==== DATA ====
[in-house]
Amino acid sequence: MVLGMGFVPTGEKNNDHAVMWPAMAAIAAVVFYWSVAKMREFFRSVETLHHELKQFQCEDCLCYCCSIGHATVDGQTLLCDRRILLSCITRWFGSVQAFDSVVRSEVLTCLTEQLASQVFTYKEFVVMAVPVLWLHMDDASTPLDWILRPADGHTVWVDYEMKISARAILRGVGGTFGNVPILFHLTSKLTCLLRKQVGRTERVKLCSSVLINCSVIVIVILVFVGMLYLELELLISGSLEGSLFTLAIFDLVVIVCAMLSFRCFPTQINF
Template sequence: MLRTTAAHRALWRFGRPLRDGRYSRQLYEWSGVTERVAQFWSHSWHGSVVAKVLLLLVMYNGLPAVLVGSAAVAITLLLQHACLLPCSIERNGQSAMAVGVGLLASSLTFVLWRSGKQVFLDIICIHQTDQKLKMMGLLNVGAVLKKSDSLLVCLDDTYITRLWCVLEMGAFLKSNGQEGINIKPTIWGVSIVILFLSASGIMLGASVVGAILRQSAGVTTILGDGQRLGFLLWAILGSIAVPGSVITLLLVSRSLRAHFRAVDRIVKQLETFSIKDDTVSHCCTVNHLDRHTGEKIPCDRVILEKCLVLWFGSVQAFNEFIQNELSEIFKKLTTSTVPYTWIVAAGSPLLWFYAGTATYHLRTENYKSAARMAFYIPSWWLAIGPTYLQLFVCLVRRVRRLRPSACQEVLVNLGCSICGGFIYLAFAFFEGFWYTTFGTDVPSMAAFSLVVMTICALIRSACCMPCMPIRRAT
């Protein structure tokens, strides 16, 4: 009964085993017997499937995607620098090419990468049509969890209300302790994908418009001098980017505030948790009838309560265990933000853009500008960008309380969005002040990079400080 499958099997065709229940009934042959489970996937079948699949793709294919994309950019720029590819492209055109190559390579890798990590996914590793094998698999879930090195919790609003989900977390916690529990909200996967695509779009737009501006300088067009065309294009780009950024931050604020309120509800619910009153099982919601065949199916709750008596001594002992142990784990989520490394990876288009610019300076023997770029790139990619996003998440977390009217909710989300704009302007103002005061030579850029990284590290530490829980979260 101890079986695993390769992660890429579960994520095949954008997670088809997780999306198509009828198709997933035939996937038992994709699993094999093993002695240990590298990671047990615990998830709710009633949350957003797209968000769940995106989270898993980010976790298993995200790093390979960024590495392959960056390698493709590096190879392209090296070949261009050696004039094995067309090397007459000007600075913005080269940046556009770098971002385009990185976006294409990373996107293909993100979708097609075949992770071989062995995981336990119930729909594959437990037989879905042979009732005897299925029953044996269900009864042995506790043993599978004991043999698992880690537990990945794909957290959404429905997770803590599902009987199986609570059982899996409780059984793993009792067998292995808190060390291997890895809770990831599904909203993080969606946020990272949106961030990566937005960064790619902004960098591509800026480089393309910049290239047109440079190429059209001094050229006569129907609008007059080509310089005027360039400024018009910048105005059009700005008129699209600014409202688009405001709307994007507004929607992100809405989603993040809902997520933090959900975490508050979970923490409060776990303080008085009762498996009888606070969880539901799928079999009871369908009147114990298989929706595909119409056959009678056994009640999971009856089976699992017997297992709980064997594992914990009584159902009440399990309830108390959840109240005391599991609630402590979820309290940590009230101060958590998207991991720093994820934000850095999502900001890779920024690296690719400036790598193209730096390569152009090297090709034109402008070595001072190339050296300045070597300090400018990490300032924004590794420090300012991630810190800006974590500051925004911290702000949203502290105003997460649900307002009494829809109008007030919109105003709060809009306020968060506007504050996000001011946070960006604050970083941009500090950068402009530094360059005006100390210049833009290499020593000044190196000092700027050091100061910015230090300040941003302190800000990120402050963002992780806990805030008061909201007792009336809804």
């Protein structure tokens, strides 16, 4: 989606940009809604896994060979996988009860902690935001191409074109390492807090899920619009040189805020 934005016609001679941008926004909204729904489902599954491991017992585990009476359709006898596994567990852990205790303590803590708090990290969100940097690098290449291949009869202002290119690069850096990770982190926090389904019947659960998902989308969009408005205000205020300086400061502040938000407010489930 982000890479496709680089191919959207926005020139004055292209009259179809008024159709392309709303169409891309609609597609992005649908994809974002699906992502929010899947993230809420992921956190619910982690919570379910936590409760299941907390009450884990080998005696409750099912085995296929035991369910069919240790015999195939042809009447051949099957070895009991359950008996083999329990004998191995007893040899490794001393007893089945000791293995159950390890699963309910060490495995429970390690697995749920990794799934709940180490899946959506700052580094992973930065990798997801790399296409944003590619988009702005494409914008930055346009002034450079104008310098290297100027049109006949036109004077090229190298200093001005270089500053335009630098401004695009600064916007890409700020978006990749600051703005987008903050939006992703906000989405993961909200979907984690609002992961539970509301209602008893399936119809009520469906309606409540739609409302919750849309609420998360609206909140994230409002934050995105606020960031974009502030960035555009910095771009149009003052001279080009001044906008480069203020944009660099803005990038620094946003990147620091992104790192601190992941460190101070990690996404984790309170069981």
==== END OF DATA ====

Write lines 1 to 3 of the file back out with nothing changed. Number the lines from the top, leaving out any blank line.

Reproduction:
[in-house]
Amino acid sequence: MVLGMGFVPTGEKNNDHAVMWPAMAAIAAVVFYWSVAKMREFFRSVETLHHELKQFQCEDCLCYCCSIGHATVDGQTLLCDRRILLSCITRWFGSVQAFDSVVRSEVLTCLTEQLASQVFTYKEFVVMAVPVLWLHMDDASTPLDWILRPADGHTVWVDYEMKISARAILRGVGGTFGNVPILFHLTSKLTCLLRKQVGRTERVKLCSSVLINCSVIVIVILVFVGMLYLELELLISGSLEGSLFTLAIFDLVVIVCAMLSFRCFPTQINF
Template sequence: MLRTTAAHRALWRFGRPLRDGRYSRQLYEWSGVTERVAQFWSHSWHGSVVAKVLLLLVMYNGLPAVLVGSAAVAITLLLQHACLLPCSIERNGQSAMAVGVGLLASSLTFVLWRSGKQVFLDIICIHQTDQKLKMMGLLNVGAVLKKSDSLLVCLDDTYITRLWCVLEMGAFLKSNGQEGINIKPTIWGVSIVILFLSASGIMLGASVVGAILRQSAGVTTILGDGQRLGFLLWAILGSIAVPGSVITLLLVSRSLRAHFRAVDRIVKQLETFSIKDDTVSHCCTVNHLDRHTGEKIPCDRVILEKCLVLWFGSVQAFNEFIQNELSEIFKKLTTSTVPYTWIVAAGSPLLWFYAGTATYHLRTENYKSAARMAFYIPSWWLAIGPTYLQLFVCLVRRVRRLRPSACQEVLVNLGCSICGGFIYLAFAFFEGFWYTTFGTDVPSMAAFSLVVMTICALIRSACCMPCMPIRRAT